Some commentators supported this view and pointed out that fuel-producing countries need to be given a seat at the table if we're to have any hope of effecting rapid change.
Still, there's no denying that mistrust between the two sides runs deep. In fact, earlier this year organisers of COP28 were accused of 'greenwashing' when automated Twitter accounts were found to be promoting the environmental credentials of the UAE (a COP28 spokesperson denied the allegations, claiming that outside actors wishing to discredit the climate conference were responsible).
More recently the UAE came under fire after leaked documents revealed "COP28 UAE key messages" which included no mention of fossil fuels or oil and gas. This was seen to be problematic as eliminating these energy sources is the most critical action that is needed to limit global warming and reach net zero.
There’s no denying that the decision to host the 2023 climate summit (COP28) in Dubai, United Arab Emirates (UAE) was controversial. After all, the host nation has historically been heavily reliant on the production and export of oil. Something that doesn't seem to show any signs of abating.
We've already touched on how Adnoc, the UAE's national oil and gas company, is undergoing expansion which will result in a significant increase in oil and gas production. So much oil in fact, that if the UAE were to meet the International Energy Agency's net zero scenario, 90% of the barrels of oil produced by the company would need to stay in the ground.
And yet, the UAE was also the first country in the Middle East to announce a strategic Net Zero initiative. It's also been increasingly investing in renewable energy.
It's a land of contrast. But perhaps the rationale behind this can best be summed up by the President-Designate himself:
Policymakers are beginning to understand that the energy transition will not happen with the flip of a switch. You need to maintain the current system, while the world still relies on it, and drive down its emissions, while driving up investment in new energies.
However, many are doubtful that a pragmatic and business-oriented approach is capable of delivering the rapid and large-scale climate action that we urgently need to prevent climate breakdown in time.
👉 The question remains - did COP28 deliver and what was achieved at the conference?
COP28 was shaping up to be a tense negotiation long before delegates even set foot in the air-conditioned Expo City in Dubai. The controversial lead-up to the conference, combined with the presence of record numbers of fossil fuel lobbyists left many fearful that no meaningful progress would be achieved at the conference.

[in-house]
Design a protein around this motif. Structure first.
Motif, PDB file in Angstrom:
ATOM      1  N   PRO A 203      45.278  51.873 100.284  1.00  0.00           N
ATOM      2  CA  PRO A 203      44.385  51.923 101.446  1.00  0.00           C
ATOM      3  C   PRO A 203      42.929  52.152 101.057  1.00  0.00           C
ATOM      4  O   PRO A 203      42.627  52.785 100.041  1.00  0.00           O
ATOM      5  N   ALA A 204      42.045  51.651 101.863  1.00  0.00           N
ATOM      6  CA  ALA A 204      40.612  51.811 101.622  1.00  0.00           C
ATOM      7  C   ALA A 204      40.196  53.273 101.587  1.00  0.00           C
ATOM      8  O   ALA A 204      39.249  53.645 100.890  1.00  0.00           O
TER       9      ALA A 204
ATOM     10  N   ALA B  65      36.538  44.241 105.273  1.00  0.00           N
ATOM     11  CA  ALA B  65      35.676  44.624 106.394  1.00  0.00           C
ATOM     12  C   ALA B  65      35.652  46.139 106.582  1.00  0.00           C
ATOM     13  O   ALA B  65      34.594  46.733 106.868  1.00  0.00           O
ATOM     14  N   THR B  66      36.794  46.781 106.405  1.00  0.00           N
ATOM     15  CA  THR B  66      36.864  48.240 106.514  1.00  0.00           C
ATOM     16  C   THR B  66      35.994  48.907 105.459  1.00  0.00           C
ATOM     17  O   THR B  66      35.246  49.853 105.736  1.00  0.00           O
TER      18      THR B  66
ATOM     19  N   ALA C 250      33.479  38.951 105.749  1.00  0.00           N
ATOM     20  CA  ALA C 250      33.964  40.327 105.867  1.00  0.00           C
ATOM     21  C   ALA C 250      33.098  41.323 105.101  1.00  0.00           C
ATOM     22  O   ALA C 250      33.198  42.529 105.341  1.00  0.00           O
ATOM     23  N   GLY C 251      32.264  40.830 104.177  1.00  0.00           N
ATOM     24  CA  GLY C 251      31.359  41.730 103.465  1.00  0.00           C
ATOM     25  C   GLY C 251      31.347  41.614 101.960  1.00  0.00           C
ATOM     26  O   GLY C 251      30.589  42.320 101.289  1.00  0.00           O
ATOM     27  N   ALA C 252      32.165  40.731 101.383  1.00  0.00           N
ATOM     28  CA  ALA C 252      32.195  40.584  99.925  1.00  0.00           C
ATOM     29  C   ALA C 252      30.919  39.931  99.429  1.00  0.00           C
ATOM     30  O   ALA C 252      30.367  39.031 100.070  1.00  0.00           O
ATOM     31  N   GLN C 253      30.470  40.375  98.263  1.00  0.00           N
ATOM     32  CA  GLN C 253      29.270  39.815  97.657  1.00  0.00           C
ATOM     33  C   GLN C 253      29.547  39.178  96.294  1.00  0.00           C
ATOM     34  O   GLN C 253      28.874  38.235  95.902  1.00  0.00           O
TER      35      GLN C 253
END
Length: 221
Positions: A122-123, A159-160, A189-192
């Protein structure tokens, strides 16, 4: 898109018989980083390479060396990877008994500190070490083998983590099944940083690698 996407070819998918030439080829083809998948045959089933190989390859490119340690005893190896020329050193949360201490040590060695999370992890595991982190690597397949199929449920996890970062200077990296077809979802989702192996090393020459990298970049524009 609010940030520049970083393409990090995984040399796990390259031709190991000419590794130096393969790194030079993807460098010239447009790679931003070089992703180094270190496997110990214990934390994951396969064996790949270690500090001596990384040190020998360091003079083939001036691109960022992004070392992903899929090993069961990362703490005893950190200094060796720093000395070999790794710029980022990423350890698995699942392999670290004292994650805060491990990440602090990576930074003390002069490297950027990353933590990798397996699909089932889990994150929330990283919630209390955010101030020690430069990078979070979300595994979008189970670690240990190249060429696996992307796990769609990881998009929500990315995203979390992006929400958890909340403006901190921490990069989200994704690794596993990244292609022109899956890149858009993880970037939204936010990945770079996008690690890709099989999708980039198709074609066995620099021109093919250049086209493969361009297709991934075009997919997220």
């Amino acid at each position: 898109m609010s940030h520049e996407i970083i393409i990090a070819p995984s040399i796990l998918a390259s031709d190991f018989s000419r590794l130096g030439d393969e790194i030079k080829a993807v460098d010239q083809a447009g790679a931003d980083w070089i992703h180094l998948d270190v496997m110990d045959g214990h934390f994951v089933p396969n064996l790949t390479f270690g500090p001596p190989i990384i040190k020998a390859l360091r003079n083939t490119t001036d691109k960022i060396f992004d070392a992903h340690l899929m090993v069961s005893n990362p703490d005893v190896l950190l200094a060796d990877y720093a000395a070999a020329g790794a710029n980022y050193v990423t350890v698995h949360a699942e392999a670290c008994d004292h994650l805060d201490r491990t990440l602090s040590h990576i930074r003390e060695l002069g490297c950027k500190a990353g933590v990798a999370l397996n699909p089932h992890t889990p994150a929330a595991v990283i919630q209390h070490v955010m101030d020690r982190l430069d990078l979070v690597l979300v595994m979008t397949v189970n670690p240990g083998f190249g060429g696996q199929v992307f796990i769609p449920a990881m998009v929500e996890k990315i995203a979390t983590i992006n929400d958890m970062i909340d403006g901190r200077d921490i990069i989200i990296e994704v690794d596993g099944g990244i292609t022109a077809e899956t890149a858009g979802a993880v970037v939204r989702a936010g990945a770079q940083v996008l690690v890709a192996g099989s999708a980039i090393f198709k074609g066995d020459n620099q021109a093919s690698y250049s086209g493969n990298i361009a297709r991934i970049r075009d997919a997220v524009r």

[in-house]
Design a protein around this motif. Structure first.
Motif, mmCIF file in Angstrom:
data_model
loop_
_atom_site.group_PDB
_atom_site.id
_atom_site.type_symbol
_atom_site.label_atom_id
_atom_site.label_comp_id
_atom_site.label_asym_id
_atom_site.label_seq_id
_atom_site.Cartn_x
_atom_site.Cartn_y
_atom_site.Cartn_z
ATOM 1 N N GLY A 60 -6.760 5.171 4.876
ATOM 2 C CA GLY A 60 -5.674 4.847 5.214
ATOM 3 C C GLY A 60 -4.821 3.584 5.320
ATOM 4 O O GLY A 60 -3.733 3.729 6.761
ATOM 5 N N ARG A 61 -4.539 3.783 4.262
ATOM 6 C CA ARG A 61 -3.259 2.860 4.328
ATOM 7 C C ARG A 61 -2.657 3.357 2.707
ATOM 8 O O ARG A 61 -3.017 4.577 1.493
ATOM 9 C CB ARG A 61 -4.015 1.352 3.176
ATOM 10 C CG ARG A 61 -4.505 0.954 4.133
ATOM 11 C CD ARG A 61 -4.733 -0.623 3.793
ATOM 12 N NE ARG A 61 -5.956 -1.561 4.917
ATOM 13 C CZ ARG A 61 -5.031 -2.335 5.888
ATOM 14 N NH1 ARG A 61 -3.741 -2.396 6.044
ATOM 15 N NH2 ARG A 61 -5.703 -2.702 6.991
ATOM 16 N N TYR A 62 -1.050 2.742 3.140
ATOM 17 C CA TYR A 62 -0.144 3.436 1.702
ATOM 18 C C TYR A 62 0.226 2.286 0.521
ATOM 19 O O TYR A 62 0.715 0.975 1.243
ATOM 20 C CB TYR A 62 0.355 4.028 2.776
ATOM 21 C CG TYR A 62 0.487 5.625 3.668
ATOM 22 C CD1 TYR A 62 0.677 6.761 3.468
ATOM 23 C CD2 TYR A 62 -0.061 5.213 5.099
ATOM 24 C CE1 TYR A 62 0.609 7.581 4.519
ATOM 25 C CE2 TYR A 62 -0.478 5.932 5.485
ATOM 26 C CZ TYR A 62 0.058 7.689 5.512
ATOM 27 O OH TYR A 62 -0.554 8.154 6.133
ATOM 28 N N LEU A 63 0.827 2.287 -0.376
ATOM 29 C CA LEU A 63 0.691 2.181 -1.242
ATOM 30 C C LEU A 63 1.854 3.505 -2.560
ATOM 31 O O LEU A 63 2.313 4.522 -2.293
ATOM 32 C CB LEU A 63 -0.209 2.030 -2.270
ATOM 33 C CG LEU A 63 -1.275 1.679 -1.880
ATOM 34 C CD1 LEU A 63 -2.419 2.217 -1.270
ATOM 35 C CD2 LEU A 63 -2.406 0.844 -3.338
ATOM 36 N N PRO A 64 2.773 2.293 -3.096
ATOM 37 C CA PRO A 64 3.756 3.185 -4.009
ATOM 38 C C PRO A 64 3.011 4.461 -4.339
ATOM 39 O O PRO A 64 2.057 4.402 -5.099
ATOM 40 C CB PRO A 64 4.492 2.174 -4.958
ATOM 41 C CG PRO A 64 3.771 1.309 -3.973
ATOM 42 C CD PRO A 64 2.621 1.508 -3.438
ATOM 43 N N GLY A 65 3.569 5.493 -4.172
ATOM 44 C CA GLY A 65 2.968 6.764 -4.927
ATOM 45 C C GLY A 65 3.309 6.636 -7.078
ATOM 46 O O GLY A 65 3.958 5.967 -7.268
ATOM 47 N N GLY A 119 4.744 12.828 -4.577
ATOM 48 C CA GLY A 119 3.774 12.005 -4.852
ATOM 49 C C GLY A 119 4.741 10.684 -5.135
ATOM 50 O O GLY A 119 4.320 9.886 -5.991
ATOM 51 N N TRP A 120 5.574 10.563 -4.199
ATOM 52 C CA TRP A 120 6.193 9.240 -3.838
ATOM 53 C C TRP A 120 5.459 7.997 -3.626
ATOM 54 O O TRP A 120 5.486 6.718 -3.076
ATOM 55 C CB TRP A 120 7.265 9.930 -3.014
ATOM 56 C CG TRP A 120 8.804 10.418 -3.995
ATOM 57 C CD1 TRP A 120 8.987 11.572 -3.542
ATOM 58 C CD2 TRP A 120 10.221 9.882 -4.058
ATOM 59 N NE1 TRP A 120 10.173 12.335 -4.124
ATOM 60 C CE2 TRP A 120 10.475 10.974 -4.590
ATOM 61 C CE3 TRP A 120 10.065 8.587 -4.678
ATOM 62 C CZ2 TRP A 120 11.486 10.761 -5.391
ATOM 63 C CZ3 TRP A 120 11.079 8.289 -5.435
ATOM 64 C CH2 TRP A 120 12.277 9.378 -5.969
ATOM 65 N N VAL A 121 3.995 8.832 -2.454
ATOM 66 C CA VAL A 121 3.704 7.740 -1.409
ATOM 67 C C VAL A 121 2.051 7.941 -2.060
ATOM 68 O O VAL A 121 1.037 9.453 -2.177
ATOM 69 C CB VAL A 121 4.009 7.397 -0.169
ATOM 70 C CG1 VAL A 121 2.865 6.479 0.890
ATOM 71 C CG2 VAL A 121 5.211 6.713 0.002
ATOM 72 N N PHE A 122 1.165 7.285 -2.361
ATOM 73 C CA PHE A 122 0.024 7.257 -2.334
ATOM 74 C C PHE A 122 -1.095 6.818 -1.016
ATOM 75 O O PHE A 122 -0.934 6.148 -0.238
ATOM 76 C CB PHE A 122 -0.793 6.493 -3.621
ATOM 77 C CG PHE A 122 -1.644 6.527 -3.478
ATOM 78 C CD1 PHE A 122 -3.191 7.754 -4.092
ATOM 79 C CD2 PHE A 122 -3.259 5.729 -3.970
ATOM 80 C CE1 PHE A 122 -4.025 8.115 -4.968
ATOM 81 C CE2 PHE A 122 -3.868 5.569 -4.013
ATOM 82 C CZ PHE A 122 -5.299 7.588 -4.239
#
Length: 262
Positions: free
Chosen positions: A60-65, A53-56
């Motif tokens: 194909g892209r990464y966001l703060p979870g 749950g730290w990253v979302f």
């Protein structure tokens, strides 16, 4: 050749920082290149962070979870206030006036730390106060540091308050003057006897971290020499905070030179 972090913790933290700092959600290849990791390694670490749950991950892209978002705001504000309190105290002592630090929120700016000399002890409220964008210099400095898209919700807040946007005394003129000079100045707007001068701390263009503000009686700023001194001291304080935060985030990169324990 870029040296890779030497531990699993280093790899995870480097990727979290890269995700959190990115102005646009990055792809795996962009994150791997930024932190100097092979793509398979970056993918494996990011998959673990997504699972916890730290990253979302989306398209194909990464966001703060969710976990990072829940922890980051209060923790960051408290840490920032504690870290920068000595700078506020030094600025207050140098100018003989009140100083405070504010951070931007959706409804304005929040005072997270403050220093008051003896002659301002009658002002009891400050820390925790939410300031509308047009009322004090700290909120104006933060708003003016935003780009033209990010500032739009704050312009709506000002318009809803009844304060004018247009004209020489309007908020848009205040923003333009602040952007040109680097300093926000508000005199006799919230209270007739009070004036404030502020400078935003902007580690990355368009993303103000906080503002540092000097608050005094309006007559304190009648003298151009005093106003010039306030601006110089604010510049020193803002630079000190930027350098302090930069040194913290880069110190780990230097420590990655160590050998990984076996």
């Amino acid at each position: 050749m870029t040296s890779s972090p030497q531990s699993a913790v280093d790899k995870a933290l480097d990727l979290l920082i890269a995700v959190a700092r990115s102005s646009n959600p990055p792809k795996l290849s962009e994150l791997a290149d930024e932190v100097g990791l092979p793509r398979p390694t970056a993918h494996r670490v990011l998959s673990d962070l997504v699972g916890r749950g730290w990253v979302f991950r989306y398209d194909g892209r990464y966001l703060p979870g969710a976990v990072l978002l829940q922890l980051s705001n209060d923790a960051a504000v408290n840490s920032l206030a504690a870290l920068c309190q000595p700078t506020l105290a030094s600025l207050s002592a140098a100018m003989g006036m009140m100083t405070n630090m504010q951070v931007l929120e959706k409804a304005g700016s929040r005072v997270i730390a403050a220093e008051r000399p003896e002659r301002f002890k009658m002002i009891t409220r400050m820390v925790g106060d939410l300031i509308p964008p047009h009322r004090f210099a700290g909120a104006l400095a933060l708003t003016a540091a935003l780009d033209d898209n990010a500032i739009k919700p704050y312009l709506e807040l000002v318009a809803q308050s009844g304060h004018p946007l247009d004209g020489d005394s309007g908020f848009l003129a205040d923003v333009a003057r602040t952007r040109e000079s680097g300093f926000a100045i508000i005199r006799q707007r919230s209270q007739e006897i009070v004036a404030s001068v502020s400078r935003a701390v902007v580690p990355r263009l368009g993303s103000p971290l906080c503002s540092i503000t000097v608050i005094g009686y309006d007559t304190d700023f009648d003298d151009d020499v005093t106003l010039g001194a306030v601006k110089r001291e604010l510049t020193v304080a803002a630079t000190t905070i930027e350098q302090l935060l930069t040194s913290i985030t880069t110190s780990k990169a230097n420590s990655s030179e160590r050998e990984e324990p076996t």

This fear almost became a reality when the draft agreement released on Monday 11th December failed to even mention fossil fuels, following strong opposition from the OPEC oil producer group and its allies. Thankfully, clashes over the deal forced discussions into overtime, and following tense negotiations and compromise, historic progress was made.
So what exactly are the key takeaways from COP28 and its resulting agreement?
“Whilst we didn’t turn the page on the fossil fuel era in Dubai, this outcome is the beginning of the end.” UN Climate Change Executive Secretary Simon Stiell.
The discussions on fossil fuels turned into a marathon debate at COP28, extending the conference by an additional day. The final Global Stocktake agreement, which was finally adopted on Wednesday 13th, is the first COP text to actively call on countries to “transition away” from fossil fuels, as well as “phase down” the use of coal.
This is the first time that the international community has expressed a unified desire to work towards ending our reliance on fossil fuels. It's hoped that this will inspire policy creation and a change in the flow of investment leading to the total transformation of the oil and gas industry.
Undoubtedly, the agreement is a step in the right direction, however, it’s not without criticism. For many the language doesn’t go far enough.” Transition away” is somewhat vague and climate experts believe that explicit language calling for the “phasing out” of fossil fuels would have sent a much stronger message.
Others have voiced concern over the wording of the text which allows for the transition from fossil fuels to be carried out “in a just, orderly and equitable manner”. Combined with the inclusion of references to unproven carbon capture and storage technology, this has left many concerned that the agreement is riddled with potential loopholes.
“The resolution is marred by loopholes that offer the fossil fuel industry numerous escape routes, relying on unproven, unsafe technologies”. Harjeet Singh, Head of global political strategy at Climate Action Network International.
Yet, the wording of the text - while far from perfect - is what helped OPEC countries stomach the final agreement. Oil-producing countries, led by Saudi Arabia, were strongly against the inclusion of fossil fuels altogether - OPEC even issued a letter to members during the conference urging them to “proactively reject any text or formula that targets energy, ie. fossil fuels rather than emissions”. So the fact that the agreement includes the call to “transition away” from fossil fuels should be celebrated as an achievement. It’s the start of a global push to end our reliance on fossil fuels.